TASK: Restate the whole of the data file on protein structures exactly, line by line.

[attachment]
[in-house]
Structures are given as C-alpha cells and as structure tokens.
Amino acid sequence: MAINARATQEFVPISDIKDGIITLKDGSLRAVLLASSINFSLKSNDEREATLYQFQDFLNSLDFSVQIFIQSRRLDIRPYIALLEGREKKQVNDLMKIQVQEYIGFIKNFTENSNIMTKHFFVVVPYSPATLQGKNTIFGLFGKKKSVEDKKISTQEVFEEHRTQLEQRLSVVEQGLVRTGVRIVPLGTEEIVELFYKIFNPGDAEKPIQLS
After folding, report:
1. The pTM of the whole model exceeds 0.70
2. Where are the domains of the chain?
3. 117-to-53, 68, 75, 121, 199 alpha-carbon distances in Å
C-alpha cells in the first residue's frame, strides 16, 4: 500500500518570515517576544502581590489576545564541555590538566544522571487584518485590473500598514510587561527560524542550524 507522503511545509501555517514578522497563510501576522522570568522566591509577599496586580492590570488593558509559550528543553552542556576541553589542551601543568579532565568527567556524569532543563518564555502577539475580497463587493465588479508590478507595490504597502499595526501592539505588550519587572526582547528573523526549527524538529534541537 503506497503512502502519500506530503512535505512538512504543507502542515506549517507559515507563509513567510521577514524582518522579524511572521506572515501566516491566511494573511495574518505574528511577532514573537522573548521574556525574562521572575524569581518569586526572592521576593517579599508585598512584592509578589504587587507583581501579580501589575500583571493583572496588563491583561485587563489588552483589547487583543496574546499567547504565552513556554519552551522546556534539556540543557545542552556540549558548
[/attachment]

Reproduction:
[in-house]
Structures are given as C-alpha cells and as structure tokens.
Amino acid sequence: MAINARATQEFVPISDIKDGIITLKDGSLRAVLLASSINFSLKSNDEREATLYQFQDFLNSLDFSVQIFIQSRRLDIRPYIALLEGREKKQVNDLMKIQVQEYIGFIKNFTENSNIMTKHFFVVVPYSPATLQGKNTIFGLFGKKKSVEDKKISTQEVFEEHRTQLEQRLSVVEQGLVRTGVRIVPLGTEEIVELFYKIFNPGDAEKPIQLS
After folding, report:
1. The pTM of the whole model exceeds 0.70
2. Where are the domains of the chain?
3. 117-to-53, 68, 75, 121, 199 alpha-carbon distances in Å
C-alpha cells in the first residue's frame, strides 16, 4: 500500500518570515517576544502581590489576545564541555590538566544522571487584518485590473500598514510587561527560524542550524 507522503511545509501555517514578522497563510501576522522570568522566591509577599496586580492590570488593558509559550528543553552542556576541553589542551601543568579532565568527567556524569532543563518564555502577539475580497463587493465588479508590478507595490504597502499595526501592539505588550519587572526582547528573523526549527524538529534541537 503506497503512502502519500506530503512535505512538512504543507502542515506549517507559515507563509513567510521577514524582518522579524511572521506572515501566516491566511494573511495574518505574528511577532514573537522573548521574556525574562521572575524569581518569586526572592521576593517579599508585598512584592509578589504587587507583581501579580501589575500583571493583572496588563491583561485587563489588552483589547487583543496574546499567547504565552513556554519552551522546556534539556540543557545542552556540549558548